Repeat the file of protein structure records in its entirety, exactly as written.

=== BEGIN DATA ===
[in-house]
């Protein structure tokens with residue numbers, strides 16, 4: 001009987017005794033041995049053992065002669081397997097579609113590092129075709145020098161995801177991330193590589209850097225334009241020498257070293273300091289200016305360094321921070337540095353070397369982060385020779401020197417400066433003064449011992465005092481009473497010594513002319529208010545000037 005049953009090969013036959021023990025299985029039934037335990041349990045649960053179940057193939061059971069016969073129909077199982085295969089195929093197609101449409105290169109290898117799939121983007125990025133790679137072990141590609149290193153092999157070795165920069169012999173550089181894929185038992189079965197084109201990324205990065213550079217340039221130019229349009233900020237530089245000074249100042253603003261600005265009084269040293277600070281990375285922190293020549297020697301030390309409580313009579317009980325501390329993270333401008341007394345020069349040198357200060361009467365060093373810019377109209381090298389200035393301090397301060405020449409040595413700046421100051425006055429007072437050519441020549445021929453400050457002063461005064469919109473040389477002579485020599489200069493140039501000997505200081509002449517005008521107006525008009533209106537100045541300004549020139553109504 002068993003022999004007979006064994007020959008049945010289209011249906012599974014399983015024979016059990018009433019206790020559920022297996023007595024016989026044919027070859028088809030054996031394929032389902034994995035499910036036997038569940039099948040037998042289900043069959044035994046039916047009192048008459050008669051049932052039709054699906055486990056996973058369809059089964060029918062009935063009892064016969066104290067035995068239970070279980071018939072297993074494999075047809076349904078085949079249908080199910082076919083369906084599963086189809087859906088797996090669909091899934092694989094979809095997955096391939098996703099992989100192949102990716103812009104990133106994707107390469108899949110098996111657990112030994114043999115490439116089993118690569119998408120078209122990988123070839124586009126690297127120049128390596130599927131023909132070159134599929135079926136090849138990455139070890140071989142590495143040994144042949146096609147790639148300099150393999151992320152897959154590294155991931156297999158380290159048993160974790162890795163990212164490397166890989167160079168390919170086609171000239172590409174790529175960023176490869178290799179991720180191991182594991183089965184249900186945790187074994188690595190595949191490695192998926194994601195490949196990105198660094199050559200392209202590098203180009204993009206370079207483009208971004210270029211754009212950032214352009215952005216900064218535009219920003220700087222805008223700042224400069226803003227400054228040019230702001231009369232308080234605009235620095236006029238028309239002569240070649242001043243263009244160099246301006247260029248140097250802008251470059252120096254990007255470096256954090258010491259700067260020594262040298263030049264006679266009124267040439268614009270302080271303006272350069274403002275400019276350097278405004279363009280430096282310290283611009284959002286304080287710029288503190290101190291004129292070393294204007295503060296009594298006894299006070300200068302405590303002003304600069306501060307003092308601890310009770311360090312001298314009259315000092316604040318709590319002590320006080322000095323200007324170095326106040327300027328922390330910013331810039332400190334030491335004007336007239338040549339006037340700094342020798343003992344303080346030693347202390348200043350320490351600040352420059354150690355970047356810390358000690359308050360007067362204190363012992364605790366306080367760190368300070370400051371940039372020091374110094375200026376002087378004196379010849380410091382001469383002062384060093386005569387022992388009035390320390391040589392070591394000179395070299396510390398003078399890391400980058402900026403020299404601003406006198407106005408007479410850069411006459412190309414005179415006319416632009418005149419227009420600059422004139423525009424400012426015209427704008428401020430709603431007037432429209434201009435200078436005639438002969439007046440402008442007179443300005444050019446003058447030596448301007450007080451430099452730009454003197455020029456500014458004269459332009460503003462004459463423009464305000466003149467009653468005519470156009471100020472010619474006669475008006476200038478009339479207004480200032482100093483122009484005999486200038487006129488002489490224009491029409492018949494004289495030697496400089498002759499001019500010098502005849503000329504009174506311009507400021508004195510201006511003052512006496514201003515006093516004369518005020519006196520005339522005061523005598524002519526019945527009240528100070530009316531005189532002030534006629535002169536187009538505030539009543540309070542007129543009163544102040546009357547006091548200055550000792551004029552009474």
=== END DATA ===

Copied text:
[in-house]
């Protein structure tokens with residue numbers, strides 16, 4: 001009987017005794033041995049053992065002669081397997097579609113590092129075709145020098161995801177991330193590589209850097225334009241020498257070293273300091289200016305360094321921070337540095353070397369982060385020779401020197417400066433003064449011992465005092481009473497010594513002319529208010545000037 005049953009090969013036959021023990025299985029039934037335990041349990045649960053179940057193939061059971069016969073129909077199982085295969089195929093197609101449409105290169109290898117799939121983007125990025133790679137072990141590609149290193153092999157070795165920069169012999173550089181894929185038992189079965197084109201990324205990065213550079217340039221130019229349009233900020237530089245000074249100042253603003261600005265009084269040293277600070281990375285922190293020549297020697301030390309409580313009579317009980325501390329993270333401008341007394345020069349040198357200060361009467365060093373810019377109209381090298389200035393301090397301060405020449409040595413700046421100051425006055429007072437050519441020549445021929453400050457002063461005064469919109473040389477002579485020599489200069493140039501000997505200081509002449517005008521107006525008009533209106537100045541300004549020139553109504 002068993003022999004007979006064994007020959008049945010289209011249906012599974014399983015024979016059990018009433019206790020559920022297996023007595024016989026044919027070859028088809030054996031394929032389902034994995035499910036036997038569940039099948040037998042289900043069959044035994046039916047009192048008459050008669051049932052039709054699906055486990056996973058369809059089964060029918062009935063009892064016969066104290067035995068239970070279980071018939072297993074494999075047809076349904078085949079249908080199910082076919083369906084599963086189809087859906088797996090669909091899934092694989094979809095997955096391939098996703099992989100192949102990716103812009104990133106994707107390469108899949110098996111657990112030994114043999115490439116089993118690569119998408120078209122990988123070839124586009126690297127120049128390596130599927131023909132070159134599929135079926136090849138990455139070890140071989142590495143040994144042949146096609147790639148300099150393999151992320152897959154590294155991931156297999158380290159048993160974790162890795163990212164490397166890989167160079168390919170086609171000239172590409174790529175960023176490869178290799179991720180191991182594991183089965184249900186945790187074994188690595190595949191490695192998926194994601195490949196990105198660094199050559200392209202590098203180009204993009206370079207483009208971004210270029211754009212950032214352009215952005216900064218535009219920003220700087222805008223700042224400069226803003227400054228040019230702001231009369232308080234605009235620095236006029238028309239002569240070649242001043243263009244160099246301006247260029248140097250802008251470059252120096254990007255470096256954090258010491259700067260020594262040298263030049264006679266009124267040439268614009270302080271303006272350069274403002275400019276350097278405004279363009280430096282310290283611009284959002286304080287710029288503190290101190291004129292070393294204007295503060296009594298006894299006070300200068302405590303002003304600069306501060307003092308601890310009770311360090312001298314009259315000092316604040318709590319002590320006080322000095323200007324170095326106040327300027328922390330910013331810039332400190334030491335004007336007239338040549339006037340700094342020798343003992344303080346030693347202390348200043350320490351600040352420059354150690355970047356810390358000690359308050360007067362204190363012992364605790366306080367760190368300070370400051371940039372020091374110094375200026376002087378004196379010849380410091382001469383002062384060093386005569387022992388009035390320390391040589392070591394000179395070299396510390398003078399890391400980058402900026403020299404601003406006198407106005408007479410850069411006459412190309414005179415006319416632009418005149419227009420600059422004139423525009424400012426015209427704008428401020430709603431007037432429209434201009435200078436005639438002969439007046440402008442007179443300005444050019446003058447030596448301007450007080451430099452730009454003197455020029456500014458004269459332009460503003462004459463423009464305000466003149467009653468005519470156009471100020472010619474006669475008006476200038478009339479207004480200032482100093483122009484005999486200038487006129488002489490224009491029409492018949494004289495030697496400089498002759499001019500010098502005849503000329504009174506311009507400021508004195510201006511003052512006496514201003515006093516004369518005020519006196520005339522005061523005598524002519526019945527009240528100070530009316531005189532002030534006629535002169536187009538505030539009543540309070542007129543009163544102040546009357547006091548200055550000792551004029552009474």